What intellectuals who are often wrong teach us about hope
Hope is a lapse in concentration. It is, of course, many beautiful things, but at its core it is a distraction that pretends to be analysis.
This is one reason why Indian intellectuals who wish to see the end of Prime Minister Narendra Modi get the public perception of his policies and the prediction of election results completely wrong. Again and again. Last week, Yogendra Yadav, the academic activist, confused hope with psephology and interpreted spurious data to conclude that the Bharatiya Janata Party (BJP) “is in for a shock defeat” in Gujarat. He even gave figures. Other observers expressed their hope through the more cautious analysis that the contest between the BJP and the Indian National Congress was going to be “neck and neck”. In the end, the BJP prevailed in Gujarat, and won Himachal Pradesh. The intellectuals continue to see hope in the results—they see a dimming of Modi’s future prospects. The curse of ideology is that it gets people addicted to hope.
The public display of how hope dooms political analysis should make us probe the private life of hope. What does the failure of hopeful psephologists teach us about how we must live? Is hope the wrong reason we do the right things, like wanting to live in this mist of anticipation? When we analyse our lives, when we consider all the facts and make an important decision, how deeply influenced are we by hope? Is it even possible to liberate our reasoning from hope? There are people who can, people who possess the gift of intuition, which is not as common as it is made out to be.
The best political analysis in India is privately delivered, off-the-record, by sharp politicians to friends or public figures whom they admire, which usually does not include journalists. They have the talent to see the truth in the forest of hope even when it confirms their greatest fears. I have heard of such analyses, and when they are predictions they often come true. Their accuracy, I believe, is a consequence of a level of intuition that has the capacity to overwhelm hope.
Intuition has supernatural trappings, it is an answer that anticipates the question. A person with the gift is often unable to articulate what is very obvious to him because the reasoning is yet to arrive in their head. But the intuitive can see their circumstances with greater clarity than most people.
In a mind that is not guarded by intuition, hope spreads like an infestation, followed by despair when reality turns out to be something else. Liberal political analysis in India, as in many parts of the world, demonstrates this swing. They saw the destruction of Modi in Jawaharlal Nehru University student Kanhaiya Kumar, “demonetization”, farmer agitations, Aadhaar, and the rise of communal killings, the complex goods and services tax. Are some people more susceptible to hope than others? Why?
Hope is also a form of fatigue. Our intense gaze at the future hurts our body. Not metaphorically, but it really does take a toll on the body. And the body tries to fool us, as it often does, to conserve itself. It fools us into believing beautiful lies, and the probability of events, and the finality of things, so that we will relax. This is how we love “The One”, and how writers decide on the “Final Draft” of a novel—as victims of a tired body using the farce of adoration to stop the pursuit and just rest. Maybe the secret to a good mind lies in physical exercise that increases the body’s threshold for tricking us. As the late yoga guru B.K.S. Iyengar once said, “How can you know God if you don’t know your big toe?”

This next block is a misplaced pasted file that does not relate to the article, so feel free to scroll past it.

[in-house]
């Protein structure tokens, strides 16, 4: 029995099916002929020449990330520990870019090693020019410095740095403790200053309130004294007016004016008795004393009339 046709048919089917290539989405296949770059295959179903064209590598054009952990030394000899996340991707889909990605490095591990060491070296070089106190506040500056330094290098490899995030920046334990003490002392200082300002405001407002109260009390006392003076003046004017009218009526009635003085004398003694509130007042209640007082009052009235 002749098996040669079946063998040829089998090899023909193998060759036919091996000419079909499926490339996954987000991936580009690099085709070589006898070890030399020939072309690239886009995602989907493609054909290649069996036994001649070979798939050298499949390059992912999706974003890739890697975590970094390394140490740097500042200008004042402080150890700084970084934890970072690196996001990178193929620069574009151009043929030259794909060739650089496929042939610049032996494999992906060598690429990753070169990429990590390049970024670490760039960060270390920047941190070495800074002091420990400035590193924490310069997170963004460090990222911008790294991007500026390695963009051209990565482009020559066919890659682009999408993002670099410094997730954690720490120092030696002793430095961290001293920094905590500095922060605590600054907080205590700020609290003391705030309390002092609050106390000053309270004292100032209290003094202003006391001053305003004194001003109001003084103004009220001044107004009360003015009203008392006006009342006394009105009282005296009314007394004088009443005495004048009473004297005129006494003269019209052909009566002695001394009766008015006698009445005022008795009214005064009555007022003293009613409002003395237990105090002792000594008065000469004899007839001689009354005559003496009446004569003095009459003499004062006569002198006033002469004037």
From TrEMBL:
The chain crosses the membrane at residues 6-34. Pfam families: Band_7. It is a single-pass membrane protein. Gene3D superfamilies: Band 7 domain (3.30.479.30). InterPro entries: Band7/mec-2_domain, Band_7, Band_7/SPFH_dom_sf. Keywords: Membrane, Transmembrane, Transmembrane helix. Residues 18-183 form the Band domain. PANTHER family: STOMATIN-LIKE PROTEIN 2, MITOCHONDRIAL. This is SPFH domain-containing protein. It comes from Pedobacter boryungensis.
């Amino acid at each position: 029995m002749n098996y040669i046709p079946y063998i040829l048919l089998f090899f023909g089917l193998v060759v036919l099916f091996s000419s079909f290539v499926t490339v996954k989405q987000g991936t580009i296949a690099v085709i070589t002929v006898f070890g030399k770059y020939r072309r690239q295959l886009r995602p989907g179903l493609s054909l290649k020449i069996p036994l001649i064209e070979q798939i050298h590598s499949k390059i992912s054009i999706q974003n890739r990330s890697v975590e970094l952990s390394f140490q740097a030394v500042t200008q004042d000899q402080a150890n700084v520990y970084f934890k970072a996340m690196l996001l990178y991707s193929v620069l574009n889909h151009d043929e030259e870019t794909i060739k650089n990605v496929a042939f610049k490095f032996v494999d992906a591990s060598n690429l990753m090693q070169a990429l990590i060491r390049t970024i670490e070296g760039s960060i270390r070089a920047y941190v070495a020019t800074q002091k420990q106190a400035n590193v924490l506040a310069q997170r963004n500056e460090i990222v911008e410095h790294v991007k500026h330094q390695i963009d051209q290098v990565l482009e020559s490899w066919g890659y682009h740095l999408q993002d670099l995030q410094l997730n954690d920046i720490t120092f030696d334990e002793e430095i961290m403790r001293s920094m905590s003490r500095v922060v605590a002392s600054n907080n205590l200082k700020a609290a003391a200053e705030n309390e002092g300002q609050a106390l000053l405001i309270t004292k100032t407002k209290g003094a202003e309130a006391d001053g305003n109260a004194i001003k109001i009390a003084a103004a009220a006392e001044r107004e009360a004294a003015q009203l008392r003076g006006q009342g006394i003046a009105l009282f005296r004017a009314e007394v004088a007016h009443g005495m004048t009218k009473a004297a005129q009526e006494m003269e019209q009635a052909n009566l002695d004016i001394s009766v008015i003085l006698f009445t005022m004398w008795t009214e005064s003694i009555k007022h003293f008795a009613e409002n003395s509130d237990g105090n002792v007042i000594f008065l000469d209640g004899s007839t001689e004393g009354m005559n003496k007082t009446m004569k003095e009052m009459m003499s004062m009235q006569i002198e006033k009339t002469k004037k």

The ideologues who keep seeing the electoral defeat of Modi are men in deep fatigue who see happy mirages. Their hope often mutates into a convenient misunderstanding of people: that they are naïve, simple, foolish, hence can be “educated” during the next election campaign.
I once asked the Australian novelist Richard Flanagan, who won the Man Booker Prize in 2014, whether the pre-eminence of hope is a creation of storytellers across the ages, because hope is a great plot device. You try to write a story without hope, or watch a movie that has no hope, and you will know. I believe there are tribes and cultures that have less hope than others, that they are trained to be less hopeful. Flanagan did not agree. He felt hope is too deeply human to be a contribution of culture.
But every time I see Indian road traffic, and other forms of our chaos, I am more certain than ever that in the heart of our disorder is a slight excess of hope. We feel we can drive on the wrong side of an eight-lane expressway, and get away. “In the end,” we believe, “everything works out fine.”
Many of us are not only victims, but beneficiaries of hope. We passed through a hard period, and unlike those who did not make it through, we were filled with hope. When we look back, we see that the reasoning on which the hope was built was faulty but we were lucky we did not know it then. As a result, we were saved.
So, is clarity really more important than hope, especially if clarity brings gloom, as it should, to the intellectuals whose prospects depend on the end of Modi? Most people probably pass through life with great grace, blinded by hope rather than the clarity of vision. It is amusing that even political analysts do.
Manu Joseph is a journalist and a novelist, most recently of Miss Laila, Armed And Dangerous.
The writer tweets at @manujosephsan
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